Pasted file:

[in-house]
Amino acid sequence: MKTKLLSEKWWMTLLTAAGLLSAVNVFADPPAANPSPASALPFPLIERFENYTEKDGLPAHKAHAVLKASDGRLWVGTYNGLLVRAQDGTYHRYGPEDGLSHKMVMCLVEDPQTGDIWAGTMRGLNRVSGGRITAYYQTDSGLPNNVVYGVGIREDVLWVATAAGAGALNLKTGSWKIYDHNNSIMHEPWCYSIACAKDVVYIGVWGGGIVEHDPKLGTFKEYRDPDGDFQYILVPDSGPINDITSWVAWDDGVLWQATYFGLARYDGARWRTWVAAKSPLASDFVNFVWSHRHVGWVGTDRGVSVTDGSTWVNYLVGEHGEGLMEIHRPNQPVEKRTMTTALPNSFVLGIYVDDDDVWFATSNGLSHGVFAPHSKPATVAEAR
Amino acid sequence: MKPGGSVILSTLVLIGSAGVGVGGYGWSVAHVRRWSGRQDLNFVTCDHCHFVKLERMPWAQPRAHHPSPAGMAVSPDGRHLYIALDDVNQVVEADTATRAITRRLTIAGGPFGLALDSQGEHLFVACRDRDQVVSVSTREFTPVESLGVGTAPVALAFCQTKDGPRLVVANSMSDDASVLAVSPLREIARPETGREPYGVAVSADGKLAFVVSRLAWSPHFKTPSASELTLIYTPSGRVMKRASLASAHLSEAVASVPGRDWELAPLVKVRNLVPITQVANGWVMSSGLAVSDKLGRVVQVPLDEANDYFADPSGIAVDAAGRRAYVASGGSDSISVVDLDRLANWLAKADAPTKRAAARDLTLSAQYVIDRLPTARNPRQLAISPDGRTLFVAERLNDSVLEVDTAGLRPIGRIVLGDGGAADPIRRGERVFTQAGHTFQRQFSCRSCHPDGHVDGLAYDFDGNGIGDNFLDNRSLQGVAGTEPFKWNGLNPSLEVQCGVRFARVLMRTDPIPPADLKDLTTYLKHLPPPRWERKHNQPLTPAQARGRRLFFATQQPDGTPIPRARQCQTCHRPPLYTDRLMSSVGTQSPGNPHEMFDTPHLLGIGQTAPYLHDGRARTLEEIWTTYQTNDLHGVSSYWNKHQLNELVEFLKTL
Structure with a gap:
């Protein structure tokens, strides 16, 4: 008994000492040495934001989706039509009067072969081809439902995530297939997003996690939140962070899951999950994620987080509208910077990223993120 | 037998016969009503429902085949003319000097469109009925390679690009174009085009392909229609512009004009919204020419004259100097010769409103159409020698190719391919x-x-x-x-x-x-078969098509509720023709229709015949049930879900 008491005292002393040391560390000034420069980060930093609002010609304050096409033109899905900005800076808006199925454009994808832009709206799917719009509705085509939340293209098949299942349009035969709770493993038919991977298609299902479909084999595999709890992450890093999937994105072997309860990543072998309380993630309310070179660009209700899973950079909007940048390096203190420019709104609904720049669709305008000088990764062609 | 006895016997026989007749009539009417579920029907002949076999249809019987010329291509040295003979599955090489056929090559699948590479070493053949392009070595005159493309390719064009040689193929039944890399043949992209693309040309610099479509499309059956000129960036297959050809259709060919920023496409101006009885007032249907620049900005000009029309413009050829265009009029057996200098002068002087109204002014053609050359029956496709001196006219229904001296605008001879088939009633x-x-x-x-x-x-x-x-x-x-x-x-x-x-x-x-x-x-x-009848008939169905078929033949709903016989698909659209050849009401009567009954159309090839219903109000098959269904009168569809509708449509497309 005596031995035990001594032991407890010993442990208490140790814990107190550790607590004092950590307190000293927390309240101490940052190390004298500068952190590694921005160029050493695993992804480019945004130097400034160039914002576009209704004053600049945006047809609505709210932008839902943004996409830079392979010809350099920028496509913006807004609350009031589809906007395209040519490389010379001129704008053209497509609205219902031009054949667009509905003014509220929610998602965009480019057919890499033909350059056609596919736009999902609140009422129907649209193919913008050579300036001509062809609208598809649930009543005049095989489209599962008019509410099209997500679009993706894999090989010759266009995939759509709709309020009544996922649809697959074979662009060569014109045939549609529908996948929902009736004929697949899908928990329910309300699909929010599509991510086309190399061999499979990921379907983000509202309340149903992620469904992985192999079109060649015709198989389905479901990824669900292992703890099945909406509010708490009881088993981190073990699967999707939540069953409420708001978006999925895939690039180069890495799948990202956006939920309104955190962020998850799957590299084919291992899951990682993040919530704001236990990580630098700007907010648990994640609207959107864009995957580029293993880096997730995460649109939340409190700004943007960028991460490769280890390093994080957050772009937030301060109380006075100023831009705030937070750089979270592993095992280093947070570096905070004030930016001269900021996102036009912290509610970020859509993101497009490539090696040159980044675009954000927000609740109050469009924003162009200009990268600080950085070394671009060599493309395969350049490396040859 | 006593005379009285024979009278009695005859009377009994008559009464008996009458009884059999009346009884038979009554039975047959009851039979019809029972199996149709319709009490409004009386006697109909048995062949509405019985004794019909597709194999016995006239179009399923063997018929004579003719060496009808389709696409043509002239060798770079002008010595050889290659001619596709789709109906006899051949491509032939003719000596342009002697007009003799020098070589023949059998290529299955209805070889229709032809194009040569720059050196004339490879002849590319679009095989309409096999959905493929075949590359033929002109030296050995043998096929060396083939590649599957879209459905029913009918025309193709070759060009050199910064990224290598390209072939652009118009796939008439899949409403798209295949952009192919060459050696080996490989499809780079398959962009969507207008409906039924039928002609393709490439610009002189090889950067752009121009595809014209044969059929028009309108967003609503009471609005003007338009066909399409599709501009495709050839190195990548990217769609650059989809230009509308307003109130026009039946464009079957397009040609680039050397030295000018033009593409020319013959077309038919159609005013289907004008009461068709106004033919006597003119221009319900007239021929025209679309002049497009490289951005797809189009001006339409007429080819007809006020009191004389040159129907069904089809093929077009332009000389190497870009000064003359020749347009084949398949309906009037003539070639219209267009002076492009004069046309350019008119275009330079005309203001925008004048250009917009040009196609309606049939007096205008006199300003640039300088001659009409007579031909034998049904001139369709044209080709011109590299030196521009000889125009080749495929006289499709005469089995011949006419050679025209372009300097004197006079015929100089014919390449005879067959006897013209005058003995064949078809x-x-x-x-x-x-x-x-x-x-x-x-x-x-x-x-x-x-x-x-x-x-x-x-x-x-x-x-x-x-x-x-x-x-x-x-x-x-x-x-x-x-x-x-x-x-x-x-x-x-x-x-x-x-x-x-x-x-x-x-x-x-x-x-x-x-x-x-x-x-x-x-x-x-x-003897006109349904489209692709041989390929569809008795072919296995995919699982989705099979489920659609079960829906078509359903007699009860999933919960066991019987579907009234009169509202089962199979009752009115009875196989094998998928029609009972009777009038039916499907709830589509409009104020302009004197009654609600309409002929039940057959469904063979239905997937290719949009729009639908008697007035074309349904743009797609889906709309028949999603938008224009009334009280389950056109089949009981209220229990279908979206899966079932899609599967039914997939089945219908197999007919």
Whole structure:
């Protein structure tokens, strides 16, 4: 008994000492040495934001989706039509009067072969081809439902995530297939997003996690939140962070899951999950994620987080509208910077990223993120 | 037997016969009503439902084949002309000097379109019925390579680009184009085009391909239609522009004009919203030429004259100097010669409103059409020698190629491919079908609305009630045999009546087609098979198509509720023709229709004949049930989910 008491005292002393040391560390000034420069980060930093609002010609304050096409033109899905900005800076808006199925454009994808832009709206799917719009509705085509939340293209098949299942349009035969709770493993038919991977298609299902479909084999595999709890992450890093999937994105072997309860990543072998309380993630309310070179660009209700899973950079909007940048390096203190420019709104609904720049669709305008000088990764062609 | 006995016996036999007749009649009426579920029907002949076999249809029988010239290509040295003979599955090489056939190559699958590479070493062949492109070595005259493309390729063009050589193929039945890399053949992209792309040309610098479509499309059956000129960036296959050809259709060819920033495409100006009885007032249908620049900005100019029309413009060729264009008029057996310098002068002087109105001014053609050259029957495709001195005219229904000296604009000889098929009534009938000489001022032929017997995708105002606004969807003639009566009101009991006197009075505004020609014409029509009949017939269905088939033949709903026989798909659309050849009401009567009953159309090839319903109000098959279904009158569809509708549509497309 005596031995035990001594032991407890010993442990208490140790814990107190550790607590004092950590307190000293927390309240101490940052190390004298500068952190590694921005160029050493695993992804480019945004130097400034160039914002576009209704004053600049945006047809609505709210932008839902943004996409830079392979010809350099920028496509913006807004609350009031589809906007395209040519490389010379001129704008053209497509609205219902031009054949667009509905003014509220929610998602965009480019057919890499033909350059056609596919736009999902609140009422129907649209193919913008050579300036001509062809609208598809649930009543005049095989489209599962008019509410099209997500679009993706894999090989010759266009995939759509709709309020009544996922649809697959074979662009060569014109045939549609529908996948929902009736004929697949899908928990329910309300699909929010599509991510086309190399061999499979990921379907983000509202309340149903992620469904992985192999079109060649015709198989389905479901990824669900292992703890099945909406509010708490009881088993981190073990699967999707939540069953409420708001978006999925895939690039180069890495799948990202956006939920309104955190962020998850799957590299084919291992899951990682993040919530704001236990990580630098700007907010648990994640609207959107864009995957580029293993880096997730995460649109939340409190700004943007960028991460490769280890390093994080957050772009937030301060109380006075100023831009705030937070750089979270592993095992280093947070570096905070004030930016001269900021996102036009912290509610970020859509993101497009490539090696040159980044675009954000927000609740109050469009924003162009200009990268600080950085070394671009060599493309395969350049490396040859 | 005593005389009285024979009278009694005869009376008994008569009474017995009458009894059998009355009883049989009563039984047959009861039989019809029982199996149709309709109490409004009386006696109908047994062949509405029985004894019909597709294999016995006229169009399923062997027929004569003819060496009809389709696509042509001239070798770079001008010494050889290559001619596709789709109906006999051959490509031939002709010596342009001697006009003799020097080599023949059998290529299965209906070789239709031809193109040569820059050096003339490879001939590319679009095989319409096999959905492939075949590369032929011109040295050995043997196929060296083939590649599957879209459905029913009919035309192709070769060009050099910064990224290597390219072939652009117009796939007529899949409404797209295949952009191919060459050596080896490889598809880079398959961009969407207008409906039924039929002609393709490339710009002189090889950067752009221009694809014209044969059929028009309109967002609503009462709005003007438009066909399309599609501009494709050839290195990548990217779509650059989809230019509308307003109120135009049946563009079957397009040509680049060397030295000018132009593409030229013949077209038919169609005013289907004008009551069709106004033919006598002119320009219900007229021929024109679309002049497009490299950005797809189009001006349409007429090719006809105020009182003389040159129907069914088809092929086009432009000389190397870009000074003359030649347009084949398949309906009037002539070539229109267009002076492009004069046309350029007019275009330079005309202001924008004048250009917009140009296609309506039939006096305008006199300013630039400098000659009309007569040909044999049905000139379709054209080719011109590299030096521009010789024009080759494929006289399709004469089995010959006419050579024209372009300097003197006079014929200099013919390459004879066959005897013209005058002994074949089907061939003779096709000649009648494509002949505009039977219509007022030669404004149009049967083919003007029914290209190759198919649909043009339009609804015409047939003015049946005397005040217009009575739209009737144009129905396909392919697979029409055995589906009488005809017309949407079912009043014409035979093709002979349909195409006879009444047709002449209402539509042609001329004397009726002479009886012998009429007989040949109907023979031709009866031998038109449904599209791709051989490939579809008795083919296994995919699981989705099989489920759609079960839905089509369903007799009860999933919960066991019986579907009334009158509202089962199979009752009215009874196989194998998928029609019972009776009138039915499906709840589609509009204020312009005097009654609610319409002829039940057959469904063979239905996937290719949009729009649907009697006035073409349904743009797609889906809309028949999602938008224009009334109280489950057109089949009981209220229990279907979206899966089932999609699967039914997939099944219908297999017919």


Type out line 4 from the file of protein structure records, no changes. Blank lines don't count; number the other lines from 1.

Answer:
Structure with a gap: